All Hallows' Eve

All Hallows’ Eve, Halloween, History Dates Back 2,000 Years

By Ashley Chapmen

In All Articles
Feb 21st, 2018

All Hallows’ Eve, Halloween, History Dates Back 2,000 Years

Straddling a line between fall and winter, life and death, Halloween was a time of celebration and superstitions. It is believe that the holiday originated from an ancient Celtic festival of Samhain. Celts lived over 2,000 years ago, in the areas we now know as Ireland, the United Kingdom and Northern France. During this festival people would set bonfires and wear costumes to ward off roaming ghosts and superstitions. Eighth century, Pope Gregory III assigned November 1st as the time to honor saints and martyrs; this day, All Saint’s Day, was born. The evening prior became known as ‘All Hallows’ Eve‘ and as time passed later known as Halloween.

In the Celtic believes and rituals, All Hallows’ Eve was a time for superstitions, morbid sacrifices, and a time to welcome the dead. They believed that on the night of All Hallows’ Eve the boundary between the worlds of the living and the dead became faded allowing those dead to walk the earth again. The Celts (Celtics), believed that on this night it made it easier for the priests known as Druids to make predictions about the coming future. To prepare for the predictions they would build huge bonfires and offer sacrifices. Typically, those who participated in this ritual were costumes and attempted to tell the future.

43 A.D.

By 43 A.D., the Roman Empire had taken over the majority of Celtic territory. Over four hundred years of Celtic lands, two festivals of Roman origin had combined with the traditional Celtic celebrations of Samhain. The first festival was known as Feralia, celebrated late in October to commemorate the passing of the dead. The second day was set to honor Pomona, the Roman goddess of fruit and trees. The symbol for Pomona was the apple which probably explains the now tradition of “bobbing” for apples on Halloween.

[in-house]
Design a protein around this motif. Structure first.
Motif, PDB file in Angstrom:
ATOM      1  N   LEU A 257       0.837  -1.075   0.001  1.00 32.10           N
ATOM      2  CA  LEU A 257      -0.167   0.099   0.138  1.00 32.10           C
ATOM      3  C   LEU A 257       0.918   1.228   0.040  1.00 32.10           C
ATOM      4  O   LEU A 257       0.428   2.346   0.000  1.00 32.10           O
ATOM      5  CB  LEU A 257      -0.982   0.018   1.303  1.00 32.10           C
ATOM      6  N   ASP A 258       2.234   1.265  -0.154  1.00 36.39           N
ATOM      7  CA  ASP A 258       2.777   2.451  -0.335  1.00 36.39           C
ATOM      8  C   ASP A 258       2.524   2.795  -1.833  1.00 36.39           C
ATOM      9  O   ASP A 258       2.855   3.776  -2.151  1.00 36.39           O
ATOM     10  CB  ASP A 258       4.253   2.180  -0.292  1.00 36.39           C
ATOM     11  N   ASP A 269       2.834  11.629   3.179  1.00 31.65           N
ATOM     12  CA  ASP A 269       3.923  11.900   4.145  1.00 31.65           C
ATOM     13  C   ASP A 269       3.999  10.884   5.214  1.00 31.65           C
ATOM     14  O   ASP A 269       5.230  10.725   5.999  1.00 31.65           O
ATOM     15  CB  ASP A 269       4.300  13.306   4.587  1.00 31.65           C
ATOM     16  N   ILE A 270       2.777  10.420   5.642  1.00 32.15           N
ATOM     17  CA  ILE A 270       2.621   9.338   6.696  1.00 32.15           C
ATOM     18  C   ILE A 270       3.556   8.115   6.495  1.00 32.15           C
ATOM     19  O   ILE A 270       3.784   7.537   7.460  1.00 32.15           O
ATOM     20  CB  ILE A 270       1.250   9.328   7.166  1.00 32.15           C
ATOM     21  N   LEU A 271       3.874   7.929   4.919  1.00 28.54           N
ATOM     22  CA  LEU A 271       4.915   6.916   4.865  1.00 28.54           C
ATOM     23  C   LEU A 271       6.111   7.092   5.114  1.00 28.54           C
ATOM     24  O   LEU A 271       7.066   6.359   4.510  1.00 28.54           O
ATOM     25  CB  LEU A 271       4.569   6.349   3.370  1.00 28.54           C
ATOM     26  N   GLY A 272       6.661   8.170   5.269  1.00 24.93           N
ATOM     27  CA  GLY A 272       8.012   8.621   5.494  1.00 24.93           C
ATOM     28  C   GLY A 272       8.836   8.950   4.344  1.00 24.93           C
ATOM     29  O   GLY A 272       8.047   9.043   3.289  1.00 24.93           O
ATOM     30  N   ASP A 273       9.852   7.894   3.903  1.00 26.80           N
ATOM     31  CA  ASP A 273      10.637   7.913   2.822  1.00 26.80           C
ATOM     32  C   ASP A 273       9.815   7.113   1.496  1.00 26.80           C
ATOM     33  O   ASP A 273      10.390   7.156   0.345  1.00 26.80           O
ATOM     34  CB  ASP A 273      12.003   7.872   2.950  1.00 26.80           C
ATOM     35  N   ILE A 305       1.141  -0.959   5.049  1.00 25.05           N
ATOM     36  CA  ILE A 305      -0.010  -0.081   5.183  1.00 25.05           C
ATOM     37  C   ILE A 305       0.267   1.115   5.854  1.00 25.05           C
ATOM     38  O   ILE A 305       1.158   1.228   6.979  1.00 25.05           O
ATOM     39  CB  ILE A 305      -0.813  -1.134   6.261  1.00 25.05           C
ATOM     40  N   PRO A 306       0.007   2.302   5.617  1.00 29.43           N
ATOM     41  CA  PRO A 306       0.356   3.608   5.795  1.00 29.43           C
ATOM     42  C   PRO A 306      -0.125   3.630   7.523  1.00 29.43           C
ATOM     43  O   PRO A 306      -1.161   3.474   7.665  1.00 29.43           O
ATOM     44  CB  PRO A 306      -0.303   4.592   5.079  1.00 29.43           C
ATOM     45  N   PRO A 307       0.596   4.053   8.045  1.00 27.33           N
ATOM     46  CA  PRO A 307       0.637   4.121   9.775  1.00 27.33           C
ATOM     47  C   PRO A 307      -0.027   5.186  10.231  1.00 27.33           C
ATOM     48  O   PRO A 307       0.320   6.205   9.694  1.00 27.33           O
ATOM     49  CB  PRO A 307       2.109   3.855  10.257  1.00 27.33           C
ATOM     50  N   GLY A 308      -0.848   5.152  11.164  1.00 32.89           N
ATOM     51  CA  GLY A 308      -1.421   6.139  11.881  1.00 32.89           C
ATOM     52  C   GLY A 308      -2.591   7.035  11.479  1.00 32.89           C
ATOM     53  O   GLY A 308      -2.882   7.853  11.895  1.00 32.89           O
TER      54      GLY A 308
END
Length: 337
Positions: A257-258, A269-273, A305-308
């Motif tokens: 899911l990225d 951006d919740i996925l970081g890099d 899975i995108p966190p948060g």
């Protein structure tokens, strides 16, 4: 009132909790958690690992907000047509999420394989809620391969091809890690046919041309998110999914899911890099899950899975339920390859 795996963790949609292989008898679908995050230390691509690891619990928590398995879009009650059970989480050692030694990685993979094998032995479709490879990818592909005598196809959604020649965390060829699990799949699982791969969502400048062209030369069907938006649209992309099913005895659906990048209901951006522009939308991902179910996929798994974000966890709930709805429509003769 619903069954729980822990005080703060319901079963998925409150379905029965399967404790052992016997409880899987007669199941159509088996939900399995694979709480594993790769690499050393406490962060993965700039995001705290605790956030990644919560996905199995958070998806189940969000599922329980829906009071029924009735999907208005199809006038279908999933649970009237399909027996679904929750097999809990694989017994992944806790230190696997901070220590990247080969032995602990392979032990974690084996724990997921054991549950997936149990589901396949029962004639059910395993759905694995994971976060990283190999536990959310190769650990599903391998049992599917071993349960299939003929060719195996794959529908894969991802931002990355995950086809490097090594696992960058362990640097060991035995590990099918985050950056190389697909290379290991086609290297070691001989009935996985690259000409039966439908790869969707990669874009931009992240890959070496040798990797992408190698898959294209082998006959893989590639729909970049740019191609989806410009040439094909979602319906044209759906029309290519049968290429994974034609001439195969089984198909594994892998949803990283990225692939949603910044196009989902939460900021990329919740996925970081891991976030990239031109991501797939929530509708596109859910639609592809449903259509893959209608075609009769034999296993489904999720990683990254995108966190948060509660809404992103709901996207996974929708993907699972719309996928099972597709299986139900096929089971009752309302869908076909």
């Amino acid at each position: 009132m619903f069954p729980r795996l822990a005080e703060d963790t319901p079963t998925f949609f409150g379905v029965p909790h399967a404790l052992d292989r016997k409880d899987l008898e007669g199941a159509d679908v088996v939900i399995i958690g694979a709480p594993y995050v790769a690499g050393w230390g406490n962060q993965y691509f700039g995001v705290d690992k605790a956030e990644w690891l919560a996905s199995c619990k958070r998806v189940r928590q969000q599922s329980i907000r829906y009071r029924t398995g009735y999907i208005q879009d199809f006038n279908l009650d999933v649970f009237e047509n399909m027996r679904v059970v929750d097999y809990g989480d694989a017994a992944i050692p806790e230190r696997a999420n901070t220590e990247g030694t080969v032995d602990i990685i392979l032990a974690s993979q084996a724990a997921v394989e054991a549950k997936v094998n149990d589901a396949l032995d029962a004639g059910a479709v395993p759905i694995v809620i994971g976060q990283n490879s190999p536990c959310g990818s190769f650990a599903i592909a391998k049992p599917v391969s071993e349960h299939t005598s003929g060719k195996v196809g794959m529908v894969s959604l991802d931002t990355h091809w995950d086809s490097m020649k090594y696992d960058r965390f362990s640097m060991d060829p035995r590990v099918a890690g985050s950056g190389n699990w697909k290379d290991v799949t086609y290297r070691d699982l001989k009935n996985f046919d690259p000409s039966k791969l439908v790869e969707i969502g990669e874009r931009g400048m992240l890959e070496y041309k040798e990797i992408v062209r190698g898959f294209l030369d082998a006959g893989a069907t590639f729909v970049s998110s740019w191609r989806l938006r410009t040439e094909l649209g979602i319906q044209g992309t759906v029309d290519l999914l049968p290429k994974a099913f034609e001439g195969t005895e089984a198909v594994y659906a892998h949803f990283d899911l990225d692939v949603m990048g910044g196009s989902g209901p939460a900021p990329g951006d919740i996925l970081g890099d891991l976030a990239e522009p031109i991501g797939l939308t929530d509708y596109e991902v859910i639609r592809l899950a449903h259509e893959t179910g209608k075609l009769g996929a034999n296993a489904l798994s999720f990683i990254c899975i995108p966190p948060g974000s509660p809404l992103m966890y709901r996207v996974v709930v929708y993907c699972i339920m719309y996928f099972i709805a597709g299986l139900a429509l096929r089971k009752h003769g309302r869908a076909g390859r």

May 13, 609 A.D., Pope Boniface IV, dedicated the Pantheon in Rome in honor of Christian martyrs, and Catholic feast, the All Martyrs Day. Establishing the first All Martyrs Day in a Western Church. Pope Gregory III (731-741 A.D.), expanded the festivals to include all saints as well as the martyrs. Pope Gregory III, also moved the day of observance from May 13 to November 1st. The church later made November 2 All Souls’ Day, in 1000 A.D., as the day to honor their dead. Today it is believe that the church was trying to replace the Celtic festival as a more church-sanctioned holiday. All Souls Day celebrated in a similar tradition to the Samhain, bonfires, parades, and dressing up in costumes as saints, angels and devils. This was when All Saints Day began called as All-hallows or All-Hallowmas from the Middle English, Alholowmesse, meaning All Saints’ Day.

Halloween Makes its first Appearance in America

All Hallows’ Eve makes its first appearance in Maryland and the southern colonies in America. The first celebrations included what was then known as “play parties”, which were public events to celebrate the harvest, neighbors would share stories of the dead, tell fortunes, and enjoy an evening of dance and singing. Colonial Halloween festivities were also a time to tell ghost stories and kick up some mischief. The middle of the 19th century, autumn festivities common in almost every location, but Halloween had yet to celebrate everywhere in America.